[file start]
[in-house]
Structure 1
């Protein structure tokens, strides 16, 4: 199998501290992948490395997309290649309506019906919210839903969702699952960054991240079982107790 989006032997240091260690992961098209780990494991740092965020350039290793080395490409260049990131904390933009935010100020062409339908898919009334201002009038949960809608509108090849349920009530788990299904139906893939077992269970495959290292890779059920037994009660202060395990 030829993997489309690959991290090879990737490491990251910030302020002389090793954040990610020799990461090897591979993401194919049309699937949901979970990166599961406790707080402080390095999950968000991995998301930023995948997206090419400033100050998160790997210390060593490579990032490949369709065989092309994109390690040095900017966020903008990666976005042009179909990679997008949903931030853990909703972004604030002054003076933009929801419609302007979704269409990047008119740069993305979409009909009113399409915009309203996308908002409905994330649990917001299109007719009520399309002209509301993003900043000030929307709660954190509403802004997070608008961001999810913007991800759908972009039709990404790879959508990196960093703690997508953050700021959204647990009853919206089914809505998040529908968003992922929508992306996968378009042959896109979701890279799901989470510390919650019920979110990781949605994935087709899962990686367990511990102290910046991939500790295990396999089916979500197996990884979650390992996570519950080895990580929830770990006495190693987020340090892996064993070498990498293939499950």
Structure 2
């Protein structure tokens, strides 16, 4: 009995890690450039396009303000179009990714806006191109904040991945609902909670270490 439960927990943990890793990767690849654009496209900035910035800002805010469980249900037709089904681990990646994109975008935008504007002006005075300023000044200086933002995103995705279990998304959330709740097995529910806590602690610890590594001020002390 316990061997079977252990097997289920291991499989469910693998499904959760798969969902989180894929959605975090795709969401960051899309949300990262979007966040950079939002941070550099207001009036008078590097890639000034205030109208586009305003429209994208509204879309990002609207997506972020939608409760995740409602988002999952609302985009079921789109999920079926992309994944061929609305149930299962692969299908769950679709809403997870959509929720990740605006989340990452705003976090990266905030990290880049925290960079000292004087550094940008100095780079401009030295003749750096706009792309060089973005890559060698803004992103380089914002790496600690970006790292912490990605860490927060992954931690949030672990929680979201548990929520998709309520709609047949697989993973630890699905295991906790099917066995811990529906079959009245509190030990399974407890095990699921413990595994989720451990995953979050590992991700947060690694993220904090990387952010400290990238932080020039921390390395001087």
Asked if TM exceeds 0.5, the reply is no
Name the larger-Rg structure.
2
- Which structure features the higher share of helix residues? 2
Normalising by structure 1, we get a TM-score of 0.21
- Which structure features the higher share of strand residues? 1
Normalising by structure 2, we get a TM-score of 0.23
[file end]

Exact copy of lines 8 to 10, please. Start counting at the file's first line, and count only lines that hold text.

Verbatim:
2
- Which structure features the higher share of helix residues? 2
Normalising by structure 1, we get a TM-score of 0.21